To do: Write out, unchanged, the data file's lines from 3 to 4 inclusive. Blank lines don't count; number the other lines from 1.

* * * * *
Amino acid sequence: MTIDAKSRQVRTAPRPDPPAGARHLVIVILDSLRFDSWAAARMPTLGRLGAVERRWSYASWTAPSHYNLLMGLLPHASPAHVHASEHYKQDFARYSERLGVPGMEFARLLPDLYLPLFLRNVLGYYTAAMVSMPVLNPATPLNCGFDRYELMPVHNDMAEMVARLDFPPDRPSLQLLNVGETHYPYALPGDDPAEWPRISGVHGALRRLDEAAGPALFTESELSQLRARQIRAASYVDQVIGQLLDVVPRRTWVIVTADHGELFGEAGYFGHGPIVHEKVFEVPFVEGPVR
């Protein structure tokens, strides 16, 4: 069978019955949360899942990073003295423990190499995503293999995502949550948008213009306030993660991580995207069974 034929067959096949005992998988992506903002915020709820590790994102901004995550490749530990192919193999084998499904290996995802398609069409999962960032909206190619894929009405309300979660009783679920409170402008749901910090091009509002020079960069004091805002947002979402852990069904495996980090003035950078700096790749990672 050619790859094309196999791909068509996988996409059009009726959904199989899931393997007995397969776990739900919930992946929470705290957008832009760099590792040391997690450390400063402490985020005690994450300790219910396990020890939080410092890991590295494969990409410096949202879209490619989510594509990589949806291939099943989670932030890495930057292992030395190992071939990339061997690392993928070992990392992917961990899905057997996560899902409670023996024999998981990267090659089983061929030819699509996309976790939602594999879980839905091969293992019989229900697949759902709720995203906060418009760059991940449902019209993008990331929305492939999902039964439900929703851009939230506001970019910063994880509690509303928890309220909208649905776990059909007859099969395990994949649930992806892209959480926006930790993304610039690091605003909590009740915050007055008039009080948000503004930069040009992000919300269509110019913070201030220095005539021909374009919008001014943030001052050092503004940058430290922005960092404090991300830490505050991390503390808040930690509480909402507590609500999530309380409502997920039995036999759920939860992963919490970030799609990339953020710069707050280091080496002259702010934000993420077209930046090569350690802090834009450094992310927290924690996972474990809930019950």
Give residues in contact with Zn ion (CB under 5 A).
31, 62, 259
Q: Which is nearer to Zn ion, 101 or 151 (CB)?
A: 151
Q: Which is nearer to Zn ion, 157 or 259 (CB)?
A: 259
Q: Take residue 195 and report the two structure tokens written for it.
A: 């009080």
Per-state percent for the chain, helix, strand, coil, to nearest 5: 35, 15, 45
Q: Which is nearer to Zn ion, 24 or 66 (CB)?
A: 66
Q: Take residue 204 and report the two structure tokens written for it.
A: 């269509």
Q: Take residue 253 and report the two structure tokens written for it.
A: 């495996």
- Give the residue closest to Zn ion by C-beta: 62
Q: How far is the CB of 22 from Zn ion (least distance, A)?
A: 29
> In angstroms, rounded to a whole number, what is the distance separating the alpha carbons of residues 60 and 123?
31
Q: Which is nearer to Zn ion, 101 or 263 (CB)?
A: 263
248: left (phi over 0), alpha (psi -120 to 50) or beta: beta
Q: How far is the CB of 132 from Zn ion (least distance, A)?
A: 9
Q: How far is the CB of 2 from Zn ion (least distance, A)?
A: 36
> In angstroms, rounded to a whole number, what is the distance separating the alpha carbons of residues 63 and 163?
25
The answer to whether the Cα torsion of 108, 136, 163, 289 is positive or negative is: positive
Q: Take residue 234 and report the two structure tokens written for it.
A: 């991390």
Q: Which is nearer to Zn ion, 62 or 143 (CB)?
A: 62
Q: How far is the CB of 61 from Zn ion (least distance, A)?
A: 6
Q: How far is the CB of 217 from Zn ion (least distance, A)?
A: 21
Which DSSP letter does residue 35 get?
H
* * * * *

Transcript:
Give residues in contact with Zn ion (CB under 5 A).
31, 62, 259